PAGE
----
If this recipe survived the jump from magazines to the Internet, it must be good, right?

IMG_9613 copyThis recipe calls for 2 extra-large egg whites, like Ina’s recipe, but no condensed milk, so the dry to wet ratio was just about perfect—these definitely scooped out the best of the three recipes, and held their shape beautifully, even when I almost dropped the pan trying to take a picture.

My parents, my sister and A wandered into the kitchen just in time to see an explosion of macaroons.

My mom loves to organize, my sister and A love to scientifically evaluate, and my dad loves cookies.

It was time for a taste test.

Everything was very official, according to the format of those “Coke vs. Pepsi” ads that ran all the time in the ’90s. Everyone, including me, was served a small bite of each macaroon, labeled A, B, and C, and then submitted their rankings on a Post-It.

A, as always, took things about nine steps further than required by ranking the macaroons based on taste, appearance, and chewiness.

Meanwhile, my dad helpfully wrote “All chewy” on his Post-It.

The findings were these: A’s favorite was C—recipe Beta, Ina Garten’s recipe. Even though they were the worst in terms of appearance, she thought they were the sweetest and most like a cookie.

Everyone else ranked C last. Having both eggs and sweetened condensed milk made the macaroons more like regular cookies without enough coconut, making them too sweet and too chewy.

I’ll make the recipe again for A though—she had the brilliant suggestion of making them in muffin cups to keep their shape in the oven.

IMG_9629Even though my sister and I are polar opposites in almost every way, much to the consternation of both our parents and shared Netflix account, we ranked our macaroons exactly the same—with A, recipe Gamma, the blue ribbon winner, as our favorite. We agreed (gasp!) that the blue ribbons were not too chewy, not too crispy, with a strong flavor and smooth texture. Not adding condensed milk kept the sweetness down and the coconut flavor up.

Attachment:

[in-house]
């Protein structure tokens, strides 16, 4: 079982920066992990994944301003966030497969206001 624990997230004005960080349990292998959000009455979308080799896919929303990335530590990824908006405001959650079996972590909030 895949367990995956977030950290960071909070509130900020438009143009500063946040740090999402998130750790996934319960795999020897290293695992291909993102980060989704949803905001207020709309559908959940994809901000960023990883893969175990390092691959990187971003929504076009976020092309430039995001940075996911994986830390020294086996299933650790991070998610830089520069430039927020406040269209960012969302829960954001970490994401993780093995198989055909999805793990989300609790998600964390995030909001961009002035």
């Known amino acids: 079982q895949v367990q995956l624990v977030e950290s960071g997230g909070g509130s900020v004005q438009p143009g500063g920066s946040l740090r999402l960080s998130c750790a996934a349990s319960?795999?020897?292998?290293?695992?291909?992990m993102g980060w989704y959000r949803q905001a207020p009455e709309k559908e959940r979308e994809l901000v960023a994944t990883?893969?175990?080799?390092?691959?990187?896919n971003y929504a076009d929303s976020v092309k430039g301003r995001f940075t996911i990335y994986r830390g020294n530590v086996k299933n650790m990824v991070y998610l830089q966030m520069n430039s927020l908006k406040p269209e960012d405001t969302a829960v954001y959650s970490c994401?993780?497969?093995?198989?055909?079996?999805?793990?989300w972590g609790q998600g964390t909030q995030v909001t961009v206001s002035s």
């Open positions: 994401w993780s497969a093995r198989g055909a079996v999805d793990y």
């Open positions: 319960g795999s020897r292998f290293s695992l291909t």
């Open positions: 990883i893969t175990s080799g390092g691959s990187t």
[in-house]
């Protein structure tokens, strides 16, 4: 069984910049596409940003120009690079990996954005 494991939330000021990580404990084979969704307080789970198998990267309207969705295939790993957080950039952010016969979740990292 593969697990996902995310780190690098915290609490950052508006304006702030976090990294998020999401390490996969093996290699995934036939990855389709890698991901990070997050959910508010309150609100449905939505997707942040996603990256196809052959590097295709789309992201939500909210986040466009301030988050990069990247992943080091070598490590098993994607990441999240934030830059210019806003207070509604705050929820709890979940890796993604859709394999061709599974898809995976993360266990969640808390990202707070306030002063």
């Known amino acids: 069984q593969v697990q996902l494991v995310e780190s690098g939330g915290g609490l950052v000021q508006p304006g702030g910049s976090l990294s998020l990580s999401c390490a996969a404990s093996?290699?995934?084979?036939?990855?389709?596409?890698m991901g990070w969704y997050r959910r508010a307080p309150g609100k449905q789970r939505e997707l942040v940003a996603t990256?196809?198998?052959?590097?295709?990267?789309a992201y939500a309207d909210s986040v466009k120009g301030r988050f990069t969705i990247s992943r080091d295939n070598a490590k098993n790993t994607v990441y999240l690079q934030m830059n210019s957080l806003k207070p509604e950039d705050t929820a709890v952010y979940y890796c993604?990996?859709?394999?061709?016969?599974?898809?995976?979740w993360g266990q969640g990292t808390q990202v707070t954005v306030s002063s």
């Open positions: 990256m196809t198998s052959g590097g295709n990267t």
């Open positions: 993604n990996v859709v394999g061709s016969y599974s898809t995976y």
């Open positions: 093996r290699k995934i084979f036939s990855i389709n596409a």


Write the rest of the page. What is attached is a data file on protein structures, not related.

“Wow, you must be related,” said A.

This is a big deal since when my sister talks about the two of us, she tends to to end each statement with, “. . . assuming we have the same parents.”

My parents were baffled to find that they’d ranked their macaroons exactly the same as well—with B in first place.

“Uh-oh, are you related?” I said.

“We just have old taste buds,” said my mom, with a sideways glare at my dad.

My parents  could not be more different in terms of taste buds. My dad loves ice cream and chocolate the way my mom loves Brussel sprouts and asparagus.

She can’t abide sweet, he can’t abide anything green.

If they ever ordered the same thing at a restaurant or one offered to share a dish with the other, I would call the cops.

One time, at Disney World, my mom asked my dad for a taste of his gelato, and he asked if she’d been abducted by aliens. He still mentions it every time we visit Epcot: “That’s the gelato cart where Mom asked for a bite of my gelato. I thought I was hallucinating.”

On the other hand, my mom has almost called 911 on the rare occasions that my dad has willingly eaten a vegetable.

And yet, by some miracle, they both preferred the bakery-style macaroons with no eggs. They liked that recipe Alpha was the driest of the three and thus had a crispier texture—and thought it had the most flavor.

“I could really taste the vanilla in that one,” said my mom.

“There was vanilla in this?” said my dad.

And so, the great macaroon experiment concluded. Naturally, I am looking ahead to my next baking frenzy—next time, it might involve sprinkles.